Woody Allen's Chickpea-Sized Soul and Other Sources of Inspiration

Cary Fukunaga (SIN NOMBRE) rode the rails with illegal immigrants in Mexico… Sophie Barthes (COLD SOULS) had a dream about Woody Allen and a chickpea in a box… And Cruz Angeles (DON’T LET ME DROWN) overheard a group of Albanian teenagers in New York City cracking jokes about 9/11…

The inspiration for a film can come from all sorts of places, as these examples from a conversation at the Filmmakers’ Lodge this morning can attest. The three first-time feature-length filmmakers, plus Eran Merav (ZION AND HIS BROTHER), shared their experiences as writer-directors with a criminally sparse audience—not in the anorexia sense—at the final Cinema Café, a new and underappreciated series that has left the rest of the festival’s off-screen programming in the dust.

Fukanaga spent several months in Chiapas, Mexico, doing research for his film about a Honduran teenager who train-hops across Mexico toward the U.S. border. His “research”: visiting prisons to interview gang members and traveling exactly as his central character, Sayra, does.

“It’s gruesome what happens to these immigrants when they fall off these trains,” he said. “I met a 16-year-old, for instance, who had lost both her legs above the knees.”

Fukanaga faced much of the same dangers as Sayra, including gangs and bandits. He described leaving Chiapas at 2 a.m., fireflies drifting by the train. “I was like, ‘Oh this is peaceful, a hobo on a freight train,’” he said, “and then pow pow pow—gunshots probably no more than 50 feet away.” They all climbed off the rooftop, waited, “and everyone sort of jumped back on the train and that was it.”

Except for the young Guatemalan man killed that night by bandits who had demanded his money. “He didn’t want to do it,” said Fukanaga, “so they killed him and threw him off the train—and that was it.”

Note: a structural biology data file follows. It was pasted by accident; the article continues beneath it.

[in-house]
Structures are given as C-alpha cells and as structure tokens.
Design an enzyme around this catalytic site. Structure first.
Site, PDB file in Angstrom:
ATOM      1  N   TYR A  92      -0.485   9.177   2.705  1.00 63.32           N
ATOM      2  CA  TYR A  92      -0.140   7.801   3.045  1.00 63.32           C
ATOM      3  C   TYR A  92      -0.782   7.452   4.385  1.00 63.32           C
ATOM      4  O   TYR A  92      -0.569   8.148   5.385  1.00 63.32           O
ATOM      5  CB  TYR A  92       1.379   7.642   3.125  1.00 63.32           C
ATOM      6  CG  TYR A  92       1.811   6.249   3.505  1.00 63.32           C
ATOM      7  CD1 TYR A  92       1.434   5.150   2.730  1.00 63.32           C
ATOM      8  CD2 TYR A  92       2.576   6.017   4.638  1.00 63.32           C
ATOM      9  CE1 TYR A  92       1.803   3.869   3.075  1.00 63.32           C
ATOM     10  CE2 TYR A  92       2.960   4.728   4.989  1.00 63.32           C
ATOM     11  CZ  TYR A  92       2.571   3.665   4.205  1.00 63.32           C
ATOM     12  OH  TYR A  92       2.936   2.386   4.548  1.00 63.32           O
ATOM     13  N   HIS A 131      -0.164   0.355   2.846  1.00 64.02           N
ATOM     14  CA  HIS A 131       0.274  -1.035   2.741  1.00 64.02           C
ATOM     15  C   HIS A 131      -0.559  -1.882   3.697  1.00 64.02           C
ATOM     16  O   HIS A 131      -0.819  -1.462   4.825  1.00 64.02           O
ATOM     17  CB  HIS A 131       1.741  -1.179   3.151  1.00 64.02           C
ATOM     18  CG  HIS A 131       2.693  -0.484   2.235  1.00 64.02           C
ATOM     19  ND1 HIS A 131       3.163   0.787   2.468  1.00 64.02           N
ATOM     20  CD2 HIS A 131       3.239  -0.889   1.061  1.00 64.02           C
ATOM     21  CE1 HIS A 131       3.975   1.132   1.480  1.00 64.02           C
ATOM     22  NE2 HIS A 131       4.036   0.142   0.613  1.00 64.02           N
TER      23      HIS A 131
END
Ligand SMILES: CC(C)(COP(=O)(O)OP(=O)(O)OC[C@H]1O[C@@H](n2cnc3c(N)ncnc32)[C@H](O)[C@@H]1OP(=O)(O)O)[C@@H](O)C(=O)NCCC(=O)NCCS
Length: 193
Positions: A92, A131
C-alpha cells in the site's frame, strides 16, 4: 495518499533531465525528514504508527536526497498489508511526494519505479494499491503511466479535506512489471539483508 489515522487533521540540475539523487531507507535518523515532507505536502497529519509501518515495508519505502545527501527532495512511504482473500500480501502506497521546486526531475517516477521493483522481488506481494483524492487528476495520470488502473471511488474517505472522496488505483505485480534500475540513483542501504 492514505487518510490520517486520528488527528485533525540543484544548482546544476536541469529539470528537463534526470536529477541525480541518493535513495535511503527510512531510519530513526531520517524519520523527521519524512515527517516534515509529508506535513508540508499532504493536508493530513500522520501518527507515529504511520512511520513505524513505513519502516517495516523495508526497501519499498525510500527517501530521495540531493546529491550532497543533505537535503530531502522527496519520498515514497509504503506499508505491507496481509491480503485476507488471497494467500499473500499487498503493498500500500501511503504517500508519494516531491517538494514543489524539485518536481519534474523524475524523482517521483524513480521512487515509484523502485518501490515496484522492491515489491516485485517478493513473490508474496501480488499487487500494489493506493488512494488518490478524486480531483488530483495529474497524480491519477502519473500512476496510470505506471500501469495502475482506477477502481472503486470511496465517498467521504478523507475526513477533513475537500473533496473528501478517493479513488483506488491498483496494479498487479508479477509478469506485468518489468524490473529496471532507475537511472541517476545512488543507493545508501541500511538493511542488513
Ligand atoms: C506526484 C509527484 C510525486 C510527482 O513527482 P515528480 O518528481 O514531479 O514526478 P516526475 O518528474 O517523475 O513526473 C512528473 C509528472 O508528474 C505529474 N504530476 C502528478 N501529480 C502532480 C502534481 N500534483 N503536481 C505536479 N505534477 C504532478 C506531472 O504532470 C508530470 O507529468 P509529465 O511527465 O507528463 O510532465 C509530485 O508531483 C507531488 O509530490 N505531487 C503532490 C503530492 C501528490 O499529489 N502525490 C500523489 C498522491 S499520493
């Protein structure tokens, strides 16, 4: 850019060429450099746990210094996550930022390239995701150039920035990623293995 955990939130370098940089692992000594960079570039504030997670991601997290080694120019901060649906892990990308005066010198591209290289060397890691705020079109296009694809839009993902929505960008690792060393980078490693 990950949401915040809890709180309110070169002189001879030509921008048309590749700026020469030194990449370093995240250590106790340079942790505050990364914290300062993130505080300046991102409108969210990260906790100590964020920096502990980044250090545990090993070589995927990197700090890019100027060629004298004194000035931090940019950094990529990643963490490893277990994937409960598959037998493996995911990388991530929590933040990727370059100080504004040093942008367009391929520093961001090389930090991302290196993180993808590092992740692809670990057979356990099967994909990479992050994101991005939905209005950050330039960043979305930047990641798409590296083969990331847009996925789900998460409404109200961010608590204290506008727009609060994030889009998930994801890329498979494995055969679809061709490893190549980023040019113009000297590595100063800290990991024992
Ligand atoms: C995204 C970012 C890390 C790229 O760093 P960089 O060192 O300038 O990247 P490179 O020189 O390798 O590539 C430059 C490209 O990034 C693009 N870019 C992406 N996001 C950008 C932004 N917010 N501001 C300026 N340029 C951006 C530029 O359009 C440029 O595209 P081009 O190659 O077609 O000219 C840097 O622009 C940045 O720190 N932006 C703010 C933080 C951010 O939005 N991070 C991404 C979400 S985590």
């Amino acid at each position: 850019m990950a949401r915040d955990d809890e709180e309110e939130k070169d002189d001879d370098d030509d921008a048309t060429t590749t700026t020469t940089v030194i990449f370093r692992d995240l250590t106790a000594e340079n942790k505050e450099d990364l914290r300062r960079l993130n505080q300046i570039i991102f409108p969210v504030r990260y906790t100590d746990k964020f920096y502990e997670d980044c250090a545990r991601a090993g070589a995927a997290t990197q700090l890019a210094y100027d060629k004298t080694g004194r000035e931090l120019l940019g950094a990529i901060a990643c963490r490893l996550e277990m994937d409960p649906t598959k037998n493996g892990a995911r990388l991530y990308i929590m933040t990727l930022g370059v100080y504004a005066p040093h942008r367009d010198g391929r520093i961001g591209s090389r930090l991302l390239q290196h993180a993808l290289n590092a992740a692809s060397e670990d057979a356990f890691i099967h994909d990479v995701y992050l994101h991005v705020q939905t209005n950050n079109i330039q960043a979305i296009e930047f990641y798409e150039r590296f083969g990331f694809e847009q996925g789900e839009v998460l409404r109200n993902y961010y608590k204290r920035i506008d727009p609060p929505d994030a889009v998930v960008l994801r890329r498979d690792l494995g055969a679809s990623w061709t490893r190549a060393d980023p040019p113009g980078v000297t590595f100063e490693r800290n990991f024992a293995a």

Barthes’ material, by contrast, came from her subconscious. In 2005, she had a dream about standing in a futuristic white office, holding a white box containing her soul. “Woody Allen was also there,” holding a box, she said. (In the days before the dream she had watched SLEEPER and read Carl Jung’s “Modern Man in Search of a Soul.”)

Inside Allen’s box: a chickpea. When she opened her box, the dream ended. The result, though, was COLD SOULS, in which Paul Giamatti, playing himself, hires a high-tech company to extract and deep-freeze his soul. The company then lends his soul to a soap-opera actress whom he then chases to Russia.

Cruz, whose film portrays two teenagers who fall in love shortly after 9/11, drew inspiration from his everyday life working with kids in the South Bronx and Washington Heights. When he heard the Albanians laughing about 9/11, he was bothered… until someone explained to him what it’s like to grow up in a war-torn country. “When you’re young—or even when you’re old—and going through some rough times,” he was told, “love and laughter is a good medicine.”

Cruz also took material from his family, which carries a certain risk.

“My mom was embarrassed and walked out of the screening,” he said, “because [the film] hit too close to home.”